5. Be clean

No matter what, people just don't like living in a messy environment. Keeping your stuff tidy and kept together, cleaning up the floors, your dirty laundry, etc., keeps your roommate happy. Emma and I pride ourselves in our meticulously kept room. Neither of us has ever lost our stuff or tripped over each other's stuff while in our room, while so many of our friends have. It's just so much easier when everything's clean.

6. Talk about the things that are bothering you

Never keep anything that's bothering you inside. Never ignore the problems. Always talk about them. Always talk about the issues you're facing with each other. Communicating works. It makes the problems easier to solve. They won't know what's bothering you if you don't tell them. Roommates are regular people, not mind-readers.

7. Learn each other's quirks and do random acts of kindness for each other

If you know your roommate likes the cookies from the dining hall, maybe you bring them back a cookie after you go to lunch and leave it on their desk. Maybe they forgot to do something, and you help them out. Maybe you leave them a cute note. Whatever it is, little thoughtful acts keep the peace between you two and make the other person's day.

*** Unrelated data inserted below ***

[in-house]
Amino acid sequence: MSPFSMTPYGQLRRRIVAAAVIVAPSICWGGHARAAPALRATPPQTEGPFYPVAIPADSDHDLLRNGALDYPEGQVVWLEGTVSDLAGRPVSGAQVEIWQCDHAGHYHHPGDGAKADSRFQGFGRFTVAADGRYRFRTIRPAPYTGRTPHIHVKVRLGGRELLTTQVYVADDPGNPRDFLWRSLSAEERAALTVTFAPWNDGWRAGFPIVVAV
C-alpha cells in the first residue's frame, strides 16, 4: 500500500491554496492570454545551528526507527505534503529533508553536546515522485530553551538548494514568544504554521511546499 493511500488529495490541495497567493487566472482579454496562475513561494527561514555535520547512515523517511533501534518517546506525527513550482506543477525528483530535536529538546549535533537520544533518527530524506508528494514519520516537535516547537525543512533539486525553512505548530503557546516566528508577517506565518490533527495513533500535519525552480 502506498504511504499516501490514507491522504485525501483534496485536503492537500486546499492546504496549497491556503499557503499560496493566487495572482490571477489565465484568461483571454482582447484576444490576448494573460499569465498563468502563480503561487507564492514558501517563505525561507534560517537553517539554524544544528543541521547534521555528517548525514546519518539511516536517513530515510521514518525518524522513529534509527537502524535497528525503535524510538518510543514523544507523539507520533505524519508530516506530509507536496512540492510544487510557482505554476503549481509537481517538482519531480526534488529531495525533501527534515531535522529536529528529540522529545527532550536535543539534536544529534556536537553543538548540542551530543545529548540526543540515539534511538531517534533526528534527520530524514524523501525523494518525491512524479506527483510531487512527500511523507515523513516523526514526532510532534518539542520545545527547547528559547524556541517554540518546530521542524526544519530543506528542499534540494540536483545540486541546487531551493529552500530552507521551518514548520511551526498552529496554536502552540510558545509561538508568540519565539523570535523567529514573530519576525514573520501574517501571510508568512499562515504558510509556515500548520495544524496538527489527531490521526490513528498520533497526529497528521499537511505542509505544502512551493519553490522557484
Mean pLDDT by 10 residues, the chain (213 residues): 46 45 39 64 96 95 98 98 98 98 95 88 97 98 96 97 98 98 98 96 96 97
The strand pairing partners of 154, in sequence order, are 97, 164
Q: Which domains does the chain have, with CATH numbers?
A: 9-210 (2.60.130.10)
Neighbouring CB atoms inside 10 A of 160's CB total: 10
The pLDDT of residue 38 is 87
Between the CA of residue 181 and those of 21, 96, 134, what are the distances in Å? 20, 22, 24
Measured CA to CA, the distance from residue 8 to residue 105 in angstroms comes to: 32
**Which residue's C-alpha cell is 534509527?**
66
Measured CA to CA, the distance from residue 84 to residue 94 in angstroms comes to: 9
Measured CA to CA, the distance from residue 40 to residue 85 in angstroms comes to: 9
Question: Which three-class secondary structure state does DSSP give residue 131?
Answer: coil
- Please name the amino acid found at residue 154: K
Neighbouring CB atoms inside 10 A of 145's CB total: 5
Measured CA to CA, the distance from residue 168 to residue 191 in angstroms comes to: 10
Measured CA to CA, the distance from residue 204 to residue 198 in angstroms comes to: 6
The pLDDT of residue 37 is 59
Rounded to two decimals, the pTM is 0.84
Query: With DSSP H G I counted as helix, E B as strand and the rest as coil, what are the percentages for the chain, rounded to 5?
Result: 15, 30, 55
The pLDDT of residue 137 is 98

Cover Image Credit: Emma Carter

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Joining My Sorority Changed My Life

There is more to Greek life than meets the eye.

When I started my first semester of college, I was shy, nervous and a little lost. I made some mistakes, lost my footing and attempted to get my act together. Moving eight hours away to a place where I knew absolutely nobody was the scariest thing I've ever done, but the one thing that made it ten times more bearable was the decision to rush.

Since move-in weekend, the "The Possibilities Are Endless" recruitment fall 2017 flyers were hung up in every hallway from my dorm to my classrooms. Coming into Ohio, I said I would never rush. Greek life has had a bad reputation among many and it didn't seem like the right thing for me. But I kept stopping by to read those flyers, paying attention to the block letter sweaters that sorority girls wore to class, and couldn't help but stare as I walked past the sorority houses on campus.

Ultimately, I decided to rush. What should hold me back? Nothing.

So I stepped out of my safe little bubble and walked into 10 houses of girls screaming the "Go Greek" song at the top of their lungs for two weekends in a row, and man it was the best decision I've ever made. Walking out of Alpha Omicron Pi for the last time before bid day, I never would've imagined what an impact this chapter would have on my life in such a short period of time.